Clayton Thomas-Müller’s childhood in Winnipeg was marked by poverty and violence. He was a teenager when he got his first job: running a drug house for his older brothers, founding members of the Manitoba Warriors street gang. When police cracked down on the gang, his brothers warned him to get out. “You’re too smart for this life,” Thomas-Müller remembers his brother telling him. “You need to go to school, do something.”
Thomas-Müller joined a program for at-risk youth called Medicine Fire Lodge, which he describes as “a radical, anti-racist, anti-oppression, anti-colonial curriculum designed to turn you into a Jedi.”
Twenty-three years later, Thomas-Müller is a well-known figure in the struggle for Indigenous sovereignty and environmental justice. He has worked for the Indigenous Environmental Network and 350.org, helping Indigenous communities across Canada and the United States organize against energy projects and industrial waste dumps on their lands. He trains Indigenous activists and speaks at climate summits around the world. He’s also a film director, a media producer and the creator of an autobiographical film called Life in the City of Dirty Water and a forthcoming memoir by the same title.
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Early on, Thomas-Müller found himself fixated on one question: why was life so hard for Indigenous youth? Why did so many of them struggle with poverty, violence, addiction, depression and incarceration? An answer started to form in his head while he was speaking at a preparatory meeting for a United Nations summit in 2002. “It was like the ancestors came at me at that very moment in the dingy basement of the UN in New York City and slapped me,” he says.
His realization was this: the root cause of Indigenous peoples’ trauma was dispossession from their land. Across the continent, tar sands mines, coal mines, hydroelectric dams and dumping grounds for toxic waste were built next to Indigenous communities. This has had devastating effects. Around Thomas-Müller’s own community of Pukatawagan in northern Manitoba, for example, flooding caused by hydroelectric dams had washed away his people’s fishing nets, submerged traplines and drowned sacred burial sites. People on reserves experienced so much poverty that young people were forced to migrate to cities, where they struggled to find their footing.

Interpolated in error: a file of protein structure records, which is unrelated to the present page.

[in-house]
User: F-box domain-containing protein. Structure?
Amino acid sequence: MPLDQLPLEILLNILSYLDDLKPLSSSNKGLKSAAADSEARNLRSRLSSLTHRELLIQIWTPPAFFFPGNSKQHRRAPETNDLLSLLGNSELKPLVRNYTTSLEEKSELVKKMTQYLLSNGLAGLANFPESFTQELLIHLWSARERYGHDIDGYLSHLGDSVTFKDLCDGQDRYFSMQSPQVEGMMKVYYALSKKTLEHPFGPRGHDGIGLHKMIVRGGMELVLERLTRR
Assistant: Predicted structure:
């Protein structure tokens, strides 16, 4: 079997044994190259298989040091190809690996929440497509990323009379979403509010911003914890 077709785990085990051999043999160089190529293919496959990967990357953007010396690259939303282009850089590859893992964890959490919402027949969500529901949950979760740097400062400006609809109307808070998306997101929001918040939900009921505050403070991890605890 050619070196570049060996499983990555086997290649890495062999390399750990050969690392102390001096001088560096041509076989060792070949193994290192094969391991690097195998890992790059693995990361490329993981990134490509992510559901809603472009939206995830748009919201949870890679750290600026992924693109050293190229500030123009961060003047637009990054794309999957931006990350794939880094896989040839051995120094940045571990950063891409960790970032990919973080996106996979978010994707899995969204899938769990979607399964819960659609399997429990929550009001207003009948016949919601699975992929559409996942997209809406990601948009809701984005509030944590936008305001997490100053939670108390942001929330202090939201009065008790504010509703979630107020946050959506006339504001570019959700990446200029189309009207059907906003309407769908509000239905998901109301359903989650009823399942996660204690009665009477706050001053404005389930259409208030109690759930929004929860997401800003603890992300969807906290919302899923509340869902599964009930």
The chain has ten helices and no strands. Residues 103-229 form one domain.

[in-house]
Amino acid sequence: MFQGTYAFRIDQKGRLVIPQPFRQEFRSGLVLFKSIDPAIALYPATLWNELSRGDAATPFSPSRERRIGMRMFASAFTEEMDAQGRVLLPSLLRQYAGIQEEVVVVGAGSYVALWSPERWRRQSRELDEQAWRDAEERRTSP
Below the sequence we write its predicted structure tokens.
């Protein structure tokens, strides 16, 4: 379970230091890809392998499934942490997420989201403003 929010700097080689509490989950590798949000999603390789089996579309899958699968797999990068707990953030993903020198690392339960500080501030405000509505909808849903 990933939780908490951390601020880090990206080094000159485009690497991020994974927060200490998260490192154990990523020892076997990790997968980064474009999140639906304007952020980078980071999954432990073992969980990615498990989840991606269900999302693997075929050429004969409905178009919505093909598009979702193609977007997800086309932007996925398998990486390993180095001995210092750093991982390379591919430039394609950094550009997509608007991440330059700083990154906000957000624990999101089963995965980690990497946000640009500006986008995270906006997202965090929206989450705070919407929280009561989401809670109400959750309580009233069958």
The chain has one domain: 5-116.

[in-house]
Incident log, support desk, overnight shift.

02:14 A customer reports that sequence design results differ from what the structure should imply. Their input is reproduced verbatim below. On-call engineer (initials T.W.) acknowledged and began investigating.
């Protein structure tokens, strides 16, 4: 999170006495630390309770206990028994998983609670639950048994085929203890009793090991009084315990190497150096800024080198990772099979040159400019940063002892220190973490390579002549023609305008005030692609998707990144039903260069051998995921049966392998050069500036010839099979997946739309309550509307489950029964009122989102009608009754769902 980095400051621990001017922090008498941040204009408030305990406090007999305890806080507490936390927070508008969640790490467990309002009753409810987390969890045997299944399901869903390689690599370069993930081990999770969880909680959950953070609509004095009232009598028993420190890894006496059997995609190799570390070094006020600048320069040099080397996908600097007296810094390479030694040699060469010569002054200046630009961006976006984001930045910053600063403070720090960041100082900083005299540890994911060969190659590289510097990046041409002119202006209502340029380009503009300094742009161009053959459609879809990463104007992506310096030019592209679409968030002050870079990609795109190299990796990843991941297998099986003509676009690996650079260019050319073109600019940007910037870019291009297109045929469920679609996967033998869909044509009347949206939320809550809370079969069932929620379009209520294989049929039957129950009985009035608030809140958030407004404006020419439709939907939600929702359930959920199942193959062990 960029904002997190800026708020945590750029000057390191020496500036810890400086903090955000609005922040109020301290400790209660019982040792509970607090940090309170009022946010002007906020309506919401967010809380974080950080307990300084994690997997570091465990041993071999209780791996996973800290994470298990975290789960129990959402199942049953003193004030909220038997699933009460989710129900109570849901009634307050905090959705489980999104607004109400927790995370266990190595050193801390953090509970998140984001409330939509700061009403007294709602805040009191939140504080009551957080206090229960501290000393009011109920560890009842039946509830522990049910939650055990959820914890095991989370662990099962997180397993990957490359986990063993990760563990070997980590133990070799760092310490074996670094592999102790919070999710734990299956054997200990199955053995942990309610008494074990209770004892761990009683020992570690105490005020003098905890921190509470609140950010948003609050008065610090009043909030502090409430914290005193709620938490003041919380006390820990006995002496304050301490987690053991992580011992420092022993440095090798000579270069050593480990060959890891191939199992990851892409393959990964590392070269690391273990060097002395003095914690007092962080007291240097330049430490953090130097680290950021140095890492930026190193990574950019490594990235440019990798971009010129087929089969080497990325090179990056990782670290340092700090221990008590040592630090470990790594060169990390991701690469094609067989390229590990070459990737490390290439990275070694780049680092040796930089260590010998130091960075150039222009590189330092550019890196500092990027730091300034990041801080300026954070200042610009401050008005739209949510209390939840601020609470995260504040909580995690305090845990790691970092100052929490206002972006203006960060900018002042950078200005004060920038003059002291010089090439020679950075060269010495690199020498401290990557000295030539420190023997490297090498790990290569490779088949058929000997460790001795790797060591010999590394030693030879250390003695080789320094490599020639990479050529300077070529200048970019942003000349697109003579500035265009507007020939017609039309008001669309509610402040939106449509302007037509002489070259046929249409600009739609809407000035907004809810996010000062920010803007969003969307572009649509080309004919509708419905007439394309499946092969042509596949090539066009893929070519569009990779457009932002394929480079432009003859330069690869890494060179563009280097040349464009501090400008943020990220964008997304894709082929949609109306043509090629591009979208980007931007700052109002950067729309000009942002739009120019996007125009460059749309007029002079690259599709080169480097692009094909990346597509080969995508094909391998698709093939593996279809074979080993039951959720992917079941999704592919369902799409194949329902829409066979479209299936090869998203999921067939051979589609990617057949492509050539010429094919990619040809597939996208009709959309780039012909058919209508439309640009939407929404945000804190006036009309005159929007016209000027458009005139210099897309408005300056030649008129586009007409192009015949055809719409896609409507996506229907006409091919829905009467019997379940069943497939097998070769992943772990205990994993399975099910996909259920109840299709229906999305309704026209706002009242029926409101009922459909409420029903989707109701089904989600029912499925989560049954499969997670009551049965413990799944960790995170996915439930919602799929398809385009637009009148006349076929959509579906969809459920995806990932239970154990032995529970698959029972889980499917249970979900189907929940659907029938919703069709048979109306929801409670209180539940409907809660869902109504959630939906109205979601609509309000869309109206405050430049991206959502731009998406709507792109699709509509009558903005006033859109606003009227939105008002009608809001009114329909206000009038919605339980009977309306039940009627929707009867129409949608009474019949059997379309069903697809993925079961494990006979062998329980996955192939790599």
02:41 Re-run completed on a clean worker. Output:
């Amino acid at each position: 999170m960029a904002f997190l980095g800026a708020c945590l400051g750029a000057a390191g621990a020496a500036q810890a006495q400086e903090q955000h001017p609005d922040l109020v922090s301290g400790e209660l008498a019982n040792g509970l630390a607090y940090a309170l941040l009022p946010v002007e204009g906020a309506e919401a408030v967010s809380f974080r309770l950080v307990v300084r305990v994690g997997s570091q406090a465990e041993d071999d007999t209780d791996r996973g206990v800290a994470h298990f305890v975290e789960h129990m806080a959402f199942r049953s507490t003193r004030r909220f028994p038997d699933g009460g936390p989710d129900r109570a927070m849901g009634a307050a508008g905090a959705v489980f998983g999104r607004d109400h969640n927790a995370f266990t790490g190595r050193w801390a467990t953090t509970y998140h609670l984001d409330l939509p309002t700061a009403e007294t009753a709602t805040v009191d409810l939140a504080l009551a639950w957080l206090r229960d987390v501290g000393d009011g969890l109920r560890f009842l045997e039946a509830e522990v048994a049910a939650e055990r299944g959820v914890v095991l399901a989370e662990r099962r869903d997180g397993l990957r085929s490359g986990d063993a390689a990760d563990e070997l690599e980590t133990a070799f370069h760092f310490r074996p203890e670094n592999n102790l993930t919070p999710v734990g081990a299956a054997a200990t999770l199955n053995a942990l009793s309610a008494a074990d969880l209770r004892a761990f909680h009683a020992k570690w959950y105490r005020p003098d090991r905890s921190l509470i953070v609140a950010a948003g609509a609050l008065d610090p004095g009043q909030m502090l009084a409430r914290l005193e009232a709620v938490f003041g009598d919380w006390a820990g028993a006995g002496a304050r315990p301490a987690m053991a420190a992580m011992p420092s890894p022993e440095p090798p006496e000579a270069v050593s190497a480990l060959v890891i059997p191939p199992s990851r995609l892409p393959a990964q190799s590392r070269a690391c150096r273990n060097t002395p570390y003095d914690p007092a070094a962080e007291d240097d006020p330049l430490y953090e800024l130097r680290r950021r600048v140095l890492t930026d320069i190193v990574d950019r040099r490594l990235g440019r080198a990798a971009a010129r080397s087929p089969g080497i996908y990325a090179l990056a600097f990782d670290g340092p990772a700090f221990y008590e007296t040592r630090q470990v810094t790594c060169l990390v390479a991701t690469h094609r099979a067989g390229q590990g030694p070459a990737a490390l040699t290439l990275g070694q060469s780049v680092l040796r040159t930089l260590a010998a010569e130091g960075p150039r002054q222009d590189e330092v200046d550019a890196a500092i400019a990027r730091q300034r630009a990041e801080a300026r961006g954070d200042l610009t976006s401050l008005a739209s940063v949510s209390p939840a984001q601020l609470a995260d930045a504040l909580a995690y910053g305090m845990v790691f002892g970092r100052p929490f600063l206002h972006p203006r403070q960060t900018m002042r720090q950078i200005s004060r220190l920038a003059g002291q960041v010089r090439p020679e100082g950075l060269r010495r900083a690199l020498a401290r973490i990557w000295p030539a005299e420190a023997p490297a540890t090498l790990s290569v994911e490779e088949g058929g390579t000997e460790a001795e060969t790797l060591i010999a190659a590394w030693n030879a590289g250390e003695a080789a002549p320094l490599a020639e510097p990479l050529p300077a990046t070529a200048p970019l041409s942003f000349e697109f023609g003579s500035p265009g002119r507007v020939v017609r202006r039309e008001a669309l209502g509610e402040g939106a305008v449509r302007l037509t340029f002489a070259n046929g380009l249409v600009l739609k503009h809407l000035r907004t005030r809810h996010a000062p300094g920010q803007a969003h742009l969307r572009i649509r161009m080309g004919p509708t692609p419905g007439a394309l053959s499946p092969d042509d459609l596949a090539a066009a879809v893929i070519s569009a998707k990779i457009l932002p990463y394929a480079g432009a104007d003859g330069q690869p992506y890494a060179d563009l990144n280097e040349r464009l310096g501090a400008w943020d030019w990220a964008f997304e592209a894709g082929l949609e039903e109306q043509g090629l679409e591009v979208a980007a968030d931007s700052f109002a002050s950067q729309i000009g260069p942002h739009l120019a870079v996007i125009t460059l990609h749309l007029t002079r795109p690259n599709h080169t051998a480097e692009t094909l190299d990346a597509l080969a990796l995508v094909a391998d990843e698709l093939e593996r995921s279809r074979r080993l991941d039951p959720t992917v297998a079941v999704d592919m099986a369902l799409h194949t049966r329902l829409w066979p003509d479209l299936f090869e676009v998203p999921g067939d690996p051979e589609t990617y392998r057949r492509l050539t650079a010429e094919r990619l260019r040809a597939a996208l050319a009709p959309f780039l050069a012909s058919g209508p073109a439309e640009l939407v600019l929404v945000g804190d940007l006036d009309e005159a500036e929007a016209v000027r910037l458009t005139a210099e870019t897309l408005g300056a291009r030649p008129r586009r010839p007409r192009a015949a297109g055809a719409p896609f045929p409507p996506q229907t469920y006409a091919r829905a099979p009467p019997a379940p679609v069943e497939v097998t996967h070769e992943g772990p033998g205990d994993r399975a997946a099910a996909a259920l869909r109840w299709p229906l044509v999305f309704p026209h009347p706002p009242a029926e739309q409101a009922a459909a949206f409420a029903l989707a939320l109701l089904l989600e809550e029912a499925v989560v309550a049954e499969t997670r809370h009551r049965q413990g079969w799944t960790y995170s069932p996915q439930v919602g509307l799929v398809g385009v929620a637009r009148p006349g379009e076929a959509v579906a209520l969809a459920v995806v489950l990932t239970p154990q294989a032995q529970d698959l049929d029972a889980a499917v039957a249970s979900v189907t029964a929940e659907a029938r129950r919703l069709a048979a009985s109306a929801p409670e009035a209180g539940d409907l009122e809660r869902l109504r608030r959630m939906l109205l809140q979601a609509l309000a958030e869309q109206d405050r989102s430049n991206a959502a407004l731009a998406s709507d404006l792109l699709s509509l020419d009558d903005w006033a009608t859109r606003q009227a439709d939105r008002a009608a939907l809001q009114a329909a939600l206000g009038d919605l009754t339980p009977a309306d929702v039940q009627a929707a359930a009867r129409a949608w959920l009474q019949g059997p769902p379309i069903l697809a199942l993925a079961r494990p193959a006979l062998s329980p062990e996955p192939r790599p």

It was no accident, Thomas-Müller concluded. Settler governments limited funding for education, housing and water systems on reserves, keeping them poor so people would move away. It was another way of suppressing Indigenous sovereignty. Canada was providing oil and gas and electricity to some of the world’s most powerful military states and wanted unhindered access to the resources on or near Indigenous land.
This understanding continues to motivate Thomas-Müller as he campaigns for Indigenous peoples’ right to make decisions about their own land and water. For him it’s a spiritual struggle as much as an economic or political one. He’s convinced that the only way people will transcend the greed and consumption that drive our exploitative economy is by connecting to the sacredness of the land around them.
“As we move forward,” he says, “I believe more and more people will open up their spirits and their hearts to learning about the places where they live; to understanding who their Indigenous neighbours are; to learning the names of the rivers and the mountains and the forests where they live so they can develop a meaningful relationship with those things. And so that they can actually care enough to put their bodies on the line to defend them.”
This article first appeared in Broadview’s April 2020 issue with the title “Clayton Thomas-Müller.”
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